Enclosed is an extract of a letter which I have just received from Colonel Rice— It was my intention to have caused the regiments to be provided with bands of music, and this I doubt not will hereafter be considered as an useful arrangement—from this circumstance, and the particular situation of things I think it advisable that the U States should take the Musical instruments procured by Col....
An order was received from you some time since, as you will recollect, directing enlistments to be “for and during the existing differences with France,” or for the term of five years at the pleasure of the government. The number of men enlisted under these conditions is inconsiderable, and an expectation appears to have been entertained among them that they would not be separated from their...
I have directed the Paymaster General to send to his Deputy with General Pinckney, bounty money sufficient to recruit two companies of Infantry, in addition to those mentioned in my letter to you of the twenty third instant. The first direction was given from memory. The present is founded on the enclosed Statement. I have made allowance for the recruits that may be obtained in Kentucky, & the...
If Lieut. Peyton’s resignation is not definitive, I request that the acceptance of it may be suspended—He has written me a letter for which it is indispensable that he should be arrested. I request to be inform’d without delay as to his situation— with great respect &c Send me if you please a copy of Lt. Peyton’s letter which I forwarded in mine of the 18th. ( Df , in the handwriting of Ethan...
In answer to your Letter of the 24, I can only say that I have referred the Papers relative to extra Services to the Secretary of the Treasury who has not yet reported. That I cannot determine any Thing on Major Tousard’s Claim nor Mr. Dinsmores till some general rule is settled,—Major Tousard however and Mr Dinsmore will have Justice done them. If you approve of the Measure you may send a...
I have received your letter of 23 of this month relative to Col. Smith’s Letter: your letter of this 26th relative to appointments for Major Tousard: Your letter of this date. I shall omit appointing any officer in the Artillery at present excepting Mr: Robins Chamberlain. Your Letter also of this date inclosing a Petition from Robert Gilmore, Esqr: Chairman of the Committee, &ca. All these...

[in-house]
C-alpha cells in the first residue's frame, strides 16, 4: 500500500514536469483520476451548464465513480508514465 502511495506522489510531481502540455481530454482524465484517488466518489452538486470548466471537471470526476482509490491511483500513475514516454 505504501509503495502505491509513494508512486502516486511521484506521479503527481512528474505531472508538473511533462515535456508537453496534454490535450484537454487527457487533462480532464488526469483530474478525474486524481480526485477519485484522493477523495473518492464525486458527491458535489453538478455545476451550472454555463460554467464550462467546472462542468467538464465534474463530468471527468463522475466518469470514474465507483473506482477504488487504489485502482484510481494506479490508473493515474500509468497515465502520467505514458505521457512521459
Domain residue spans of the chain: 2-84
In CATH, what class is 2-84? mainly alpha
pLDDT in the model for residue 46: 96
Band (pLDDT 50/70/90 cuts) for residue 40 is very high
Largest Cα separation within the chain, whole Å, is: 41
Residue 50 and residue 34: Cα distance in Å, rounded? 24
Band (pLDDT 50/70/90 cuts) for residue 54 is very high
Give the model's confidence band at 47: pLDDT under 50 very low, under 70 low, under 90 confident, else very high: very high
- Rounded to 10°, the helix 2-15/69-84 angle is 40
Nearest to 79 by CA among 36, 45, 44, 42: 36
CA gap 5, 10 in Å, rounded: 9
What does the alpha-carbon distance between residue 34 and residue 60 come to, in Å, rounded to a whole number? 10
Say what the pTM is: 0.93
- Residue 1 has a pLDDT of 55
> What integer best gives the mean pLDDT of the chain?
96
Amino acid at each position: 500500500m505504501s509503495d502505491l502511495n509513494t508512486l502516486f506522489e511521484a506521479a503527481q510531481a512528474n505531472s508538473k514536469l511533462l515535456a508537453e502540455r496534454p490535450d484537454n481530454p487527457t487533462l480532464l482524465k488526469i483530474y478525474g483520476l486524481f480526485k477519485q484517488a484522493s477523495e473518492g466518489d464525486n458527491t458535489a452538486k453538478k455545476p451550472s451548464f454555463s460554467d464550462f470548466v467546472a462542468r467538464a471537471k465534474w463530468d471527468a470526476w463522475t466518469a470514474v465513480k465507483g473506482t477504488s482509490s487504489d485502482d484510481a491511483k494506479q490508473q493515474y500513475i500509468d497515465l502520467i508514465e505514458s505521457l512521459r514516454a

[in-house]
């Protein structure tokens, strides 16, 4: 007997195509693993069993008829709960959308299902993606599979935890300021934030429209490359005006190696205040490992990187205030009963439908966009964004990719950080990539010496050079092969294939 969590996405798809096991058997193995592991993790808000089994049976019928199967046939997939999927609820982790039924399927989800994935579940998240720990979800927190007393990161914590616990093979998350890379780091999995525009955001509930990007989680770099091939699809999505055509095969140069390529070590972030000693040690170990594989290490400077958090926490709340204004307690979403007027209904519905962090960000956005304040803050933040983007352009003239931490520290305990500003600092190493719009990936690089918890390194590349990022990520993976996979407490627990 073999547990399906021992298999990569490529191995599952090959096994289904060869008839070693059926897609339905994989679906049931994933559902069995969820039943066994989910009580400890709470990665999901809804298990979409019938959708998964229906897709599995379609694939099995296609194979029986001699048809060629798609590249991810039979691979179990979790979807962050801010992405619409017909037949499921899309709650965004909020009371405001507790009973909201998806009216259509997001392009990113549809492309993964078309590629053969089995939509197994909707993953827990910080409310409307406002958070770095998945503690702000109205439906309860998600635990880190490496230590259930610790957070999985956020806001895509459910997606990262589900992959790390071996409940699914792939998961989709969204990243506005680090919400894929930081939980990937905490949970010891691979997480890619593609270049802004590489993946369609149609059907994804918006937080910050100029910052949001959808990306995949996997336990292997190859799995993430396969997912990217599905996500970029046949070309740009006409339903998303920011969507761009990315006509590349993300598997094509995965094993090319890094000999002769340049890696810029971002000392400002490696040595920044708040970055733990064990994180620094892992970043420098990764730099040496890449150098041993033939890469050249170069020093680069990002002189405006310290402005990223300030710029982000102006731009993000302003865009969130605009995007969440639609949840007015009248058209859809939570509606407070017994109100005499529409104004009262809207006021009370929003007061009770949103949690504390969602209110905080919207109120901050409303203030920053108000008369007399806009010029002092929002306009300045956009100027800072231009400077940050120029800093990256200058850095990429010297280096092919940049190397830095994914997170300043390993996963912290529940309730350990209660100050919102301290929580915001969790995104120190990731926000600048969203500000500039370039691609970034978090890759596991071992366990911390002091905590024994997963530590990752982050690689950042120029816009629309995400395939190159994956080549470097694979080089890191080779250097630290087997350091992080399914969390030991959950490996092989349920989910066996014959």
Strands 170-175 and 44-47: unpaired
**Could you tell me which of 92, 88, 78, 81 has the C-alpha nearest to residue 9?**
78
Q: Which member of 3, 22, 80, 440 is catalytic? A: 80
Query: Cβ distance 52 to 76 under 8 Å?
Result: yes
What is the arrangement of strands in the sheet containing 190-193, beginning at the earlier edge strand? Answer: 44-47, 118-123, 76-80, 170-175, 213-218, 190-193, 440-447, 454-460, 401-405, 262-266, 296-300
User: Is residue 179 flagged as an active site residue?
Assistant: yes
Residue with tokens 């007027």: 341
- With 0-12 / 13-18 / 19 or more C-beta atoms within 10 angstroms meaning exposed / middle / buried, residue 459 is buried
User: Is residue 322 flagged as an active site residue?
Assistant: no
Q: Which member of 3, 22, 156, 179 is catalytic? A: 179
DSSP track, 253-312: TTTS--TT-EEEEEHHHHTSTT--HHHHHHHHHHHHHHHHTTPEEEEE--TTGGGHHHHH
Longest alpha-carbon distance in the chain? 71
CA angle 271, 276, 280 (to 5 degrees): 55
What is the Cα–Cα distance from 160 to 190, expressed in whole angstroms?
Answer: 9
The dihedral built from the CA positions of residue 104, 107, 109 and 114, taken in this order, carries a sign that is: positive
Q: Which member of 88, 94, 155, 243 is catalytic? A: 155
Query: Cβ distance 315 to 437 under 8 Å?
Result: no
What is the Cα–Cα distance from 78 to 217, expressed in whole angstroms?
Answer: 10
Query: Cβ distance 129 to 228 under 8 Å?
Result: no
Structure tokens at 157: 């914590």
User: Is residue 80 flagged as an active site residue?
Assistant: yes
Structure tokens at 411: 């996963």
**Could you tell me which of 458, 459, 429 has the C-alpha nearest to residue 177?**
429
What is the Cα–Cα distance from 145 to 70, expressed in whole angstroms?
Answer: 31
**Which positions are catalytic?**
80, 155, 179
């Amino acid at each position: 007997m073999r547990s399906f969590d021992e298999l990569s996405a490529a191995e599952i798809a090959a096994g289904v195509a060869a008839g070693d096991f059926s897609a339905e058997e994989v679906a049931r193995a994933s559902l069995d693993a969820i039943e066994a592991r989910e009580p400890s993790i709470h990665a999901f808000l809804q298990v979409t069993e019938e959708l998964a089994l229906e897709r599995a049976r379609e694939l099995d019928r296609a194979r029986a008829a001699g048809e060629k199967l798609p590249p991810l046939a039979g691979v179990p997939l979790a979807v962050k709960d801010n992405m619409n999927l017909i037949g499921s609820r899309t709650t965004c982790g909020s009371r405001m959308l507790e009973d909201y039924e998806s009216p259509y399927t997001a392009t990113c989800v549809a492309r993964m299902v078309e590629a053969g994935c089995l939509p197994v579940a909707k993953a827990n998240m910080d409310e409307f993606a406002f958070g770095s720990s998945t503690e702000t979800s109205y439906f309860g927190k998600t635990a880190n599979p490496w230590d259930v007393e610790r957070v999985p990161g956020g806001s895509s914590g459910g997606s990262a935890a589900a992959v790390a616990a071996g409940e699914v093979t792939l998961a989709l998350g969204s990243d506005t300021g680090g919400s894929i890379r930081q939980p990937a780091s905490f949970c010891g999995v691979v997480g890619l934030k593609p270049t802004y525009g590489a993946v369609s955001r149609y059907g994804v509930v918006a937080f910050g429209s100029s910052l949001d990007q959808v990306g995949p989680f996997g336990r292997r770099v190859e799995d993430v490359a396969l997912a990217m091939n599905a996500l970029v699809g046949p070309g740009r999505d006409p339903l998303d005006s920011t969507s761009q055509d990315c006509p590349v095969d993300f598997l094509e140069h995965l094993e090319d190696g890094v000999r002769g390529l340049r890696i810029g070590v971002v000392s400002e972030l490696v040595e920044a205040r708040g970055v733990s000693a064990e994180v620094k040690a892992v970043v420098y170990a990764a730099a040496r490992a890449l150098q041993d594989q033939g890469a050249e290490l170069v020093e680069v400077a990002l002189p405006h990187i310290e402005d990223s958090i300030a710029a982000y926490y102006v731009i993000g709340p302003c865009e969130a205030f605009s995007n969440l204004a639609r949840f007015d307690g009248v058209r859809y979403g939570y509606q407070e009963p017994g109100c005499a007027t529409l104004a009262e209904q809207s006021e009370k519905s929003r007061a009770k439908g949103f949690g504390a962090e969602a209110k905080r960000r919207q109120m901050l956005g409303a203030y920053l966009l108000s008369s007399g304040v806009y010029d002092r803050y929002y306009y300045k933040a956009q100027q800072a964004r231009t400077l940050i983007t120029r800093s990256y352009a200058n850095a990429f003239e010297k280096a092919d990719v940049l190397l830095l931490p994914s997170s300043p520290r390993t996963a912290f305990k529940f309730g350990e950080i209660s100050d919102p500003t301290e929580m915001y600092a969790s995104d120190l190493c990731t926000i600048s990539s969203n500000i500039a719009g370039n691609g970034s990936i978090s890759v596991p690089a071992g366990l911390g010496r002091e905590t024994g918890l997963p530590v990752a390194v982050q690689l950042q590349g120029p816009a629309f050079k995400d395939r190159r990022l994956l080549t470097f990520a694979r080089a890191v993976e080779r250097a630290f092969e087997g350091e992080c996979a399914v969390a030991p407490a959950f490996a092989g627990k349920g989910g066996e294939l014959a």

I have the honor to send you the enclosed papers, in order that you may see what grounds I gave my Sanction to the Expenditures made by Capt. Ellery. be apprised of the subject of them. I request that you will add your Sanction if lest the want of it should be an obstacle with the comptroller— With great respect I have the honor to be Sir Yr. ob. Servt. ( Df , in the handwriting of Ethan Brown...
I have read and considered your report of yesterday & concur with you & the other gentlemen at the heads of department in the propriety of appointing a qualified person to visit & examine into the actual state of the garrisons—Indian trading houses or factories & other public property in the North Western territory on the Missisippi & on the frontiers of Tennesee & Georgia. It has been...
I have received your note of this date & have read all the papers. This whole business is so entirely new to me, that I have read the documents with great surprize. I highly approve of the proposed enquiry & of your letter to Messrs Shepherd Parks & Ely I am Sir with great esteem MHi : Adams Family Papers, Letterbooks.
I have directed the Pay Master General to deliver to his Deputy with General Pinckney, bounty money for four companies of Infantry. To Lieut. Richmond bounty money for four companies of Infantry, To Lieut. Woolstencraft bounty money for six companies of Artillerists. This I consider as a sufficient provision for completing the two Regs. of Artillerists including the additional battallion as...